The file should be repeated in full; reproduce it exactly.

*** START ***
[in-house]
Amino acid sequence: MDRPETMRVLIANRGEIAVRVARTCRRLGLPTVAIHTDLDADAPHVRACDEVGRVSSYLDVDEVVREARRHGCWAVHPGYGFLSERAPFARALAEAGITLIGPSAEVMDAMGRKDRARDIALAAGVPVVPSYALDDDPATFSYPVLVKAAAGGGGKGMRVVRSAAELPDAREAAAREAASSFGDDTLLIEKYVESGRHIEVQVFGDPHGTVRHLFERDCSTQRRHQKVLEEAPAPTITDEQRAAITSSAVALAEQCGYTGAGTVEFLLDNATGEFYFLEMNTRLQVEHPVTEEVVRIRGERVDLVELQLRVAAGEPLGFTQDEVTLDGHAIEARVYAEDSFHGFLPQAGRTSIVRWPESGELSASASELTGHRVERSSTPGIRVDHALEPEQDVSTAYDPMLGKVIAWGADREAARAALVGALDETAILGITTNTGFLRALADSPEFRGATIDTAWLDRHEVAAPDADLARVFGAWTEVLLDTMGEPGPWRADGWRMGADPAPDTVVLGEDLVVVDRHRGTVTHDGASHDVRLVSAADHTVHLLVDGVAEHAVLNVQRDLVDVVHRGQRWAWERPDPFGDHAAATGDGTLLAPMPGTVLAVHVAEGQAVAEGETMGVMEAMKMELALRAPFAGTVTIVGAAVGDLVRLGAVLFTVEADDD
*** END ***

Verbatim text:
[in-house]
Amino acid sequence: MDRPETMRVLIANRGEIAVRVARTCRRLGLPTVAIHTDLDADAPHVRACDEVGRVSSYLDVDEVVREARRHGCWAVHPGYGFLSERAPFARALAEAGITLIGPSAEVMDAMGRKDRARDIALAAGVPVVPSYALDDDPATFSYPVLVKAAAGGGGKGMRVVRSAAELPDAREAAAREAASSFGDDTLLIEKYVESGRHIEVQVFGDPHGTVRHLFERDCSTQRRHQKVLEEAPAPTITDEQRAAITSSAVALAEQCGYTGAGTVEFLLDNATGEFYFLEMNTRLQVEHPVTEEVVRIRGERVDLVELQLRVAAGEPLGFTQDEVTLDGHAIEARVYAEDSFHGFLPQAGRTSIVRWPESGELSASASELTGHRVERSSTPGIRVDHALEPEQDVSTAYDPMLGKVIAWGADREAARAALVGALDETAILGITTNTGFLRALADSPEFRGATIDTAWLDRHEVAAPDADLARVFGAWTEVLLDTMGEPGPWRADGWRMGADPAPDTVVLGEDLVVVDRHRGTVTHDGASHDVRLVSAADHTVHLLVDGVAEHAVLNVQRDLVDVVHRGQRWAWERPDPFGDHAAATGDGTLLAPMPGTVLAVHVAEGQAVAEGETMGVMEAMKMELALRAPFAGTVTIVGAAVGDLVRLGAVLFTVEADDD